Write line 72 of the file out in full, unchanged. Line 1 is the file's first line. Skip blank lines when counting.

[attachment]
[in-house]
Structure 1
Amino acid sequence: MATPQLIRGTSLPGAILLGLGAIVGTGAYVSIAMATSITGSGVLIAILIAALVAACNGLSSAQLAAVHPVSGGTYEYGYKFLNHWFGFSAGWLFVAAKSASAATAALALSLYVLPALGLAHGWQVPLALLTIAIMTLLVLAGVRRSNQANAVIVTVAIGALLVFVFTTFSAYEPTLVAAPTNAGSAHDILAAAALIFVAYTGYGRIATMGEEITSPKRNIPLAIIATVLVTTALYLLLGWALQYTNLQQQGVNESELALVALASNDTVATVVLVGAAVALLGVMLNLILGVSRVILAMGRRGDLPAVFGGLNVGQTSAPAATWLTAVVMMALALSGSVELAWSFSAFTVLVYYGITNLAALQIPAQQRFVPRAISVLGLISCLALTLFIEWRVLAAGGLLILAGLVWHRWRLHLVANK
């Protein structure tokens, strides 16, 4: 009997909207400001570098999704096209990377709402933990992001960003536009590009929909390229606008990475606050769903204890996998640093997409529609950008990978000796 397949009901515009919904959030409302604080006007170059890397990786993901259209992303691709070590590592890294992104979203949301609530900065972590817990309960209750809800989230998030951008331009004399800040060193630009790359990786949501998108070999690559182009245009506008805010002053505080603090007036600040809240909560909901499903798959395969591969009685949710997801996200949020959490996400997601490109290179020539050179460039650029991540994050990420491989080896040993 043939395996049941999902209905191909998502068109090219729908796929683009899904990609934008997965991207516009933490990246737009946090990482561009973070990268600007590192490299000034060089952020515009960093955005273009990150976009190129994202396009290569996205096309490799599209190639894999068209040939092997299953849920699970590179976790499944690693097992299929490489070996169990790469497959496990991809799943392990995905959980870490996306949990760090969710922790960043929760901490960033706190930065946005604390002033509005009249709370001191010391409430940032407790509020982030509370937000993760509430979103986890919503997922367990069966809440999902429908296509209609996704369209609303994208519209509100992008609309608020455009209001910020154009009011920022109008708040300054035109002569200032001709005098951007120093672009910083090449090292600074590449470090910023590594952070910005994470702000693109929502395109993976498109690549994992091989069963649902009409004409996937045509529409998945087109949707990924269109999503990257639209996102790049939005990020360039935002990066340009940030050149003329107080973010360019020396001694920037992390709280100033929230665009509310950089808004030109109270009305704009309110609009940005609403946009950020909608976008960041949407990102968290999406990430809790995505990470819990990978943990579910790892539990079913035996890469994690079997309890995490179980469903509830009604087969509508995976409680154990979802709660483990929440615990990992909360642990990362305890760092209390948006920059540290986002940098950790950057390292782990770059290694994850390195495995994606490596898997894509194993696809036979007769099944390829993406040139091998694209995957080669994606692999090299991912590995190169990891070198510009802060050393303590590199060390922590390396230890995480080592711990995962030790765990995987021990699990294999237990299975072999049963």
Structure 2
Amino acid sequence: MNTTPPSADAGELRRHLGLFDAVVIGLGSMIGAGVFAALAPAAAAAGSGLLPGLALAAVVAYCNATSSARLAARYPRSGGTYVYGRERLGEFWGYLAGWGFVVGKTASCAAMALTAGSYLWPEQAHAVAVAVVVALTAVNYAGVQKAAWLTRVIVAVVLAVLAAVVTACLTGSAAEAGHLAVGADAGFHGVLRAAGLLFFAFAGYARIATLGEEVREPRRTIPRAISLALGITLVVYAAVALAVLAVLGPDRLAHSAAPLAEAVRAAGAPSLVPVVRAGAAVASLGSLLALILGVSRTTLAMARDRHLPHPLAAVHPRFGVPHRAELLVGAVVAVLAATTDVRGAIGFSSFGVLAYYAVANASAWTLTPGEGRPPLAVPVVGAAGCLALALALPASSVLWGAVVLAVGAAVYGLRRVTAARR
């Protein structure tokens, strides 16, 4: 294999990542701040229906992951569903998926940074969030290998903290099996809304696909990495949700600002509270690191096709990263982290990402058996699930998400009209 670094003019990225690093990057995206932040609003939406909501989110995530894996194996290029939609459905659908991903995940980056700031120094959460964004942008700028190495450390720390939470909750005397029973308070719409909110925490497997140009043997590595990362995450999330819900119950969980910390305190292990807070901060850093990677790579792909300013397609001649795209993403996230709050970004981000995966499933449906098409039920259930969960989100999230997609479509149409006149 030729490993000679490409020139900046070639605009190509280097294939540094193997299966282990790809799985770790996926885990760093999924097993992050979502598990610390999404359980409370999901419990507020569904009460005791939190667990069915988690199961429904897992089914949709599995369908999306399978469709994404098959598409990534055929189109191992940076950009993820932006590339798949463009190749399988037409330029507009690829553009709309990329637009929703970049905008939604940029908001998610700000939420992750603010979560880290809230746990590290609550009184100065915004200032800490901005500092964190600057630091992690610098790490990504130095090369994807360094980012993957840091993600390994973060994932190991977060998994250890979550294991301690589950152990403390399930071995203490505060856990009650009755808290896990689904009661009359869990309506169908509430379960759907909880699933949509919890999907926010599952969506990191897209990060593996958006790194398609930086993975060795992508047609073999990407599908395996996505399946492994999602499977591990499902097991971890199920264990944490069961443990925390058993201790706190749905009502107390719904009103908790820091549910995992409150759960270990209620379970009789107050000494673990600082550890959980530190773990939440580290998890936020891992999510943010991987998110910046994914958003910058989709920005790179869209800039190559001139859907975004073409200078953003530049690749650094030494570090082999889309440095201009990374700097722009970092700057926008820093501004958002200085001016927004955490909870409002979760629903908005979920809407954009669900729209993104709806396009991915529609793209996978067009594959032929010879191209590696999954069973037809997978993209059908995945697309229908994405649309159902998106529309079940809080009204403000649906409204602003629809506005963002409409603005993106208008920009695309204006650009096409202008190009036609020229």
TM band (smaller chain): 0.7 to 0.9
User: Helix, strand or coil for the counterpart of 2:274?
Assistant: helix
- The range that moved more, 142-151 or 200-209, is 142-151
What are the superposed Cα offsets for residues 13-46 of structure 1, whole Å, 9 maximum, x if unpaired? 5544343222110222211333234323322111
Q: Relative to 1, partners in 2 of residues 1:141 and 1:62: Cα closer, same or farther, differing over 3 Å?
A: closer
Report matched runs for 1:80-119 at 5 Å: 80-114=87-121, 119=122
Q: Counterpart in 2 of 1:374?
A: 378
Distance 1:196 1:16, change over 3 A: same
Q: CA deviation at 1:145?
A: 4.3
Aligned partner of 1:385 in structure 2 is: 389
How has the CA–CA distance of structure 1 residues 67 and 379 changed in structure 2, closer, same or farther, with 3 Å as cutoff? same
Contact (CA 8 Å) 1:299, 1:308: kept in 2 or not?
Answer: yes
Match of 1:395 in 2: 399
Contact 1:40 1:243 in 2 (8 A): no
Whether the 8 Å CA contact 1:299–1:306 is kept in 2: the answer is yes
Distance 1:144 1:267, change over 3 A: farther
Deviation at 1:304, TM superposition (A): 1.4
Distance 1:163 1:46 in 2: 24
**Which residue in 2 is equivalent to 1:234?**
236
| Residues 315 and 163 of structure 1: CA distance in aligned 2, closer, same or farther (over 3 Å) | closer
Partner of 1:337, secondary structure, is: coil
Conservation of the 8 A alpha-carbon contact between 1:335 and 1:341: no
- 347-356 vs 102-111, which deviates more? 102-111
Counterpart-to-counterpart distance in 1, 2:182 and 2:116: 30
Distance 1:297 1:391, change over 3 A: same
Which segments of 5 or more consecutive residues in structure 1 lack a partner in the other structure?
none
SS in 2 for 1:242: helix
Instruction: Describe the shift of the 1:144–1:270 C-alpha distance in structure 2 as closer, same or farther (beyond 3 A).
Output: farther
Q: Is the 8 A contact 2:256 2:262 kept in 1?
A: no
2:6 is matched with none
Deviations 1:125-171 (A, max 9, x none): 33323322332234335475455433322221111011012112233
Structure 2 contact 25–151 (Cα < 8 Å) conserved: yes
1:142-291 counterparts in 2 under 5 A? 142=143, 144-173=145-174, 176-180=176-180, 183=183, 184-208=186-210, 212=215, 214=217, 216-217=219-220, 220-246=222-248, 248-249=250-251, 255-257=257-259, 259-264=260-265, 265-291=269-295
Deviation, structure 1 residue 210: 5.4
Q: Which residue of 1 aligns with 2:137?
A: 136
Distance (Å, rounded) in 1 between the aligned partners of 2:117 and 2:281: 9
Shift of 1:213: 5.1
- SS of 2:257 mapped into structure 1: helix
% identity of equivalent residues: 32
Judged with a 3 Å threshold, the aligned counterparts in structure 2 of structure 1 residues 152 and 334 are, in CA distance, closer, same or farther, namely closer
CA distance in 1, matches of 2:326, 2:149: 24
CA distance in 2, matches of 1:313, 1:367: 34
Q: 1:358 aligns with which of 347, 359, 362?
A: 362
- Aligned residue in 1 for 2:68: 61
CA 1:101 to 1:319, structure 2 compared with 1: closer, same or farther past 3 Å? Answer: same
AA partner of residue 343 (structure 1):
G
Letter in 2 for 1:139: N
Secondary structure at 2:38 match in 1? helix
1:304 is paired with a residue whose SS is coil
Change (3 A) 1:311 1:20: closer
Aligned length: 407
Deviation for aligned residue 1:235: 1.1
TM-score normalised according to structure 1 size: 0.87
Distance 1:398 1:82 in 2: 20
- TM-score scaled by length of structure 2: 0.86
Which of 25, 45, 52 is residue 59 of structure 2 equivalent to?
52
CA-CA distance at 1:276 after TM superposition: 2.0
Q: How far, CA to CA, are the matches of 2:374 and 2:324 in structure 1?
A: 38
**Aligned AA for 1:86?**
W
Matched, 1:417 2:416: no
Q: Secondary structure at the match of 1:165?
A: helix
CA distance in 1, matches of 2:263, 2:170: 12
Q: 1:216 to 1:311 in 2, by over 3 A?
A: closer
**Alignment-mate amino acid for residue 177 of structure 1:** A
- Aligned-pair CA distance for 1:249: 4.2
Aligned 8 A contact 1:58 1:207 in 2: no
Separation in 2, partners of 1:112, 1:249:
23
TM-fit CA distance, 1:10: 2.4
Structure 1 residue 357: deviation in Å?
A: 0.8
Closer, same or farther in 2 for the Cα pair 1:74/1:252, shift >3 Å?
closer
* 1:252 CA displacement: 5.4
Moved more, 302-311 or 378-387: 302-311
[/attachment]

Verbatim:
TM-score normalised according to structure 1 size: 0.87